Here Be Monsters

I noticed this wonderful Icelandic project of illustrated type inspired by medieval maps featuring fantastical sea creatures. 

Design by Reykjavík based Stella Björg, these decorated capitals remind me of the Victorian illustrations I’ve written about recently. I love that several of the creatures appear to be based on specific Icelandic mythical beasts, as named at the bottom of the print. I also really like the print colours and flecked paper that gives the final work its antique look.

My “Here Be Monsters” illustrated letters started from the simple idea of writing “MONSTER” but having finished it just didn’t seem like there was much left to complete the alphabet. I was in no hurry to complete it, so very slowly monstrous letters got added and finally there appeared a complete alphabet. - Stella Björg

Daft Type

These Daft Punk merchandise ads do a great job of mimicking ads from the ’70s. The layouts, colours and type all evoke the decades’ graphic style.

Above, you can see one of their latest ads alongside a Coke ad from 1970. (The very same ad that Michael Bierut describes in the Helvetica film: “It’s the real thing. Period! Coke. Period! In Helvetica. Period! Any questions? Of course not. Drink Coke. Period! Simple.”)

The typeface chosen for the 2014 ad appears to be Kabel Black or Geometric 231 Heavy and while it’s no Helvetica, I think it does a much better job in this instance.

3D Printable Type

I know there are designers working on typefaces that are optimised for 3D printing but this alphabet, by Loren Kulesus of Brooklyn, is something else entirely.

“The design uses 1mm wall thicknesses which seem to print very nicely on all 3d printers, and the simple and iterative appearance mimics heat sinks.”

Look at that ‘o’ made by joining two blocks! Very imaginative.

Type Anatomy
I think this print was produced a couple of years ago but I saw again the other day and thought it might be useful to post here.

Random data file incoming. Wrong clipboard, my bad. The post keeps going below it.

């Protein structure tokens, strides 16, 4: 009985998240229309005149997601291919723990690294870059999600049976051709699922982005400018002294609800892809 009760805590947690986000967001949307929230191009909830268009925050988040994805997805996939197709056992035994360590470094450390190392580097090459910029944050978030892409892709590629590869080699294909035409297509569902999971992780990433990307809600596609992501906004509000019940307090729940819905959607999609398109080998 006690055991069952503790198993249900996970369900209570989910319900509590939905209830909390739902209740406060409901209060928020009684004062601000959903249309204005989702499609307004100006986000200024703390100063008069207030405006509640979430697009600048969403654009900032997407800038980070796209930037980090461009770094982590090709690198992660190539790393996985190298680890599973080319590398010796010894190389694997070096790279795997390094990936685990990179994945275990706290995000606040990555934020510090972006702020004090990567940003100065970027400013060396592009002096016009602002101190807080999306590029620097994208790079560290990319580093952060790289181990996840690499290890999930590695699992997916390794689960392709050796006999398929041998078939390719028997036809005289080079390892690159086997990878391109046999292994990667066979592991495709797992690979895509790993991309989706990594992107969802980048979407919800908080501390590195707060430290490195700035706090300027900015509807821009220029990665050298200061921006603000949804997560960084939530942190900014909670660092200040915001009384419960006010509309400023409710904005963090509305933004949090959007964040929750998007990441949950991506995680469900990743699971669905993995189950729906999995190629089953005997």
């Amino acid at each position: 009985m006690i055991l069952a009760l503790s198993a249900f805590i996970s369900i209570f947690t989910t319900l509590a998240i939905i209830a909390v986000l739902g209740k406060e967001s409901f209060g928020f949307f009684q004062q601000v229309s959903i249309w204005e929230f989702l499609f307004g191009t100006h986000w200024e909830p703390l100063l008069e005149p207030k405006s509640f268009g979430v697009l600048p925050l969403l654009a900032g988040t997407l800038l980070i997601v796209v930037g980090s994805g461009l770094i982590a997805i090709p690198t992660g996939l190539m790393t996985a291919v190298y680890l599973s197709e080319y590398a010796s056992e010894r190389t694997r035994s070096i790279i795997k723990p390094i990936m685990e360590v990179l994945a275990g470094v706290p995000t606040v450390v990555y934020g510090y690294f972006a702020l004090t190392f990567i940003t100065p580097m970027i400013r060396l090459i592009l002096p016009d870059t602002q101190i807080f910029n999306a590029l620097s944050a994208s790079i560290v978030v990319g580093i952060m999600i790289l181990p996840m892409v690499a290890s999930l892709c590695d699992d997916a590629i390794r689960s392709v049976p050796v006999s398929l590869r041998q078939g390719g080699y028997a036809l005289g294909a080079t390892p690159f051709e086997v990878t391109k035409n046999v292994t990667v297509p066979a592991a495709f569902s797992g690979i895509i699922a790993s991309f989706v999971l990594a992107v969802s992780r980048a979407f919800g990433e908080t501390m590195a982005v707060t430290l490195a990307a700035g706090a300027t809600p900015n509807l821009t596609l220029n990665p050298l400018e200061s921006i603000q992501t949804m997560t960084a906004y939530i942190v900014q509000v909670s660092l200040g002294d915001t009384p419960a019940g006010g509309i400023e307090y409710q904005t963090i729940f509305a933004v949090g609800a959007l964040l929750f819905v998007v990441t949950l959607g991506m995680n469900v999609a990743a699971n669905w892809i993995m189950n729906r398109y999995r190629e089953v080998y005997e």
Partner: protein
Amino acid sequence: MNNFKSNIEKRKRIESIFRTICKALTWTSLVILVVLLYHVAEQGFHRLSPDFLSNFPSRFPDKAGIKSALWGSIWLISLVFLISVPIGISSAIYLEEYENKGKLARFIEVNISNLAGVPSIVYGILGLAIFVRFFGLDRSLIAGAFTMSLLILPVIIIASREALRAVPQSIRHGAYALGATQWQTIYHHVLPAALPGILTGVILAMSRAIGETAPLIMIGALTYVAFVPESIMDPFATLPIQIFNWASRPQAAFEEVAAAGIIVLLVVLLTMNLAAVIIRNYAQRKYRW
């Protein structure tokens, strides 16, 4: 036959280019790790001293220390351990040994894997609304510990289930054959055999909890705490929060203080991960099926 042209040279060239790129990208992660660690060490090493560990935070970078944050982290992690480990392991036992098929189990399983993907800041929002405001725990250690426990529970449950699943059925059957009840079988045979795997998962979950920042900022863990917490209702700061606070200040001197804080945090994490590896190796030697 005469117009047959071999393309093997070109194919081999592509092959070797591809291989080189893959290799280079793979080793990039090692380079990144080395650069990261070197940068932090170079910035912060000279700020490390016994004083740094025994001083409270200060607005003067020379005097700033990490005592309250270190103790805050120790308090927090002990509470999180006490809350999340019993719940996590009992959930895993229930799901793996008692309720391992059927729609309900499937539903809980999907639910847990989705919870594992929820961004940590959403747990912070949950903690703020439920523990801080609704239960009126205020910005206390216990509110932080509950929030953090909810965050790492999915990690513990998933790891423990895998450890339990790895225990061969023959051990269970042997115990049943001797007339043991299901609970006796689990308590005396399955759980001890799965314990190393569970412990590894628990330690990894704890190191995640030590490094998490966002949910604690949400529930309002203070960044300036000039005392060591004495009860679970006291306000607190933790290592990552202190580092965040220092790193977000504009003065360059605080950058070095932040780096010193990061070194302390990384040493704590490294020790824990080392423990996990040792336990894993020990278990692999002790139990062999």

The attractive Alphabet of Type is more of a type anatomy infographic. Each letter models a specific typographic structure together with the correct nomenclature; ears, loops, links, tittles, hooks, spines, tails, ligatures, and more. Produced by Patrick Mulligan and Ben Gibson. High-res

Type Anatomy

I think this print was produced a couple of years ago but I saw again the other day and thought it might be useful to post here.

The attractive Alphabet of Type is more of a type anatomy infographic. Each letter models a specific typographic structure together with the correct nomenclature; ears, loops, links, tittles, hooks, spines, tails, ligatures, and more. Produced by Patrick Mulligan and Ben Gibson.

Fresh Alphabet

Although, I just posted an alphabet of lettering, I saw this slick set by Jose Ramirez and Ben Negrete and had to share more.

The pair run the FreshStudio together and are challenging themselve to publish a new original design per day on their blog, Design365, throughout 2014. Sounds easy enough—until clients, families and life-in-general need your time—but duo have kept the quality high so far.

February was DropCaps and now March is city nicknames. They’re on Tumblr, go take a look.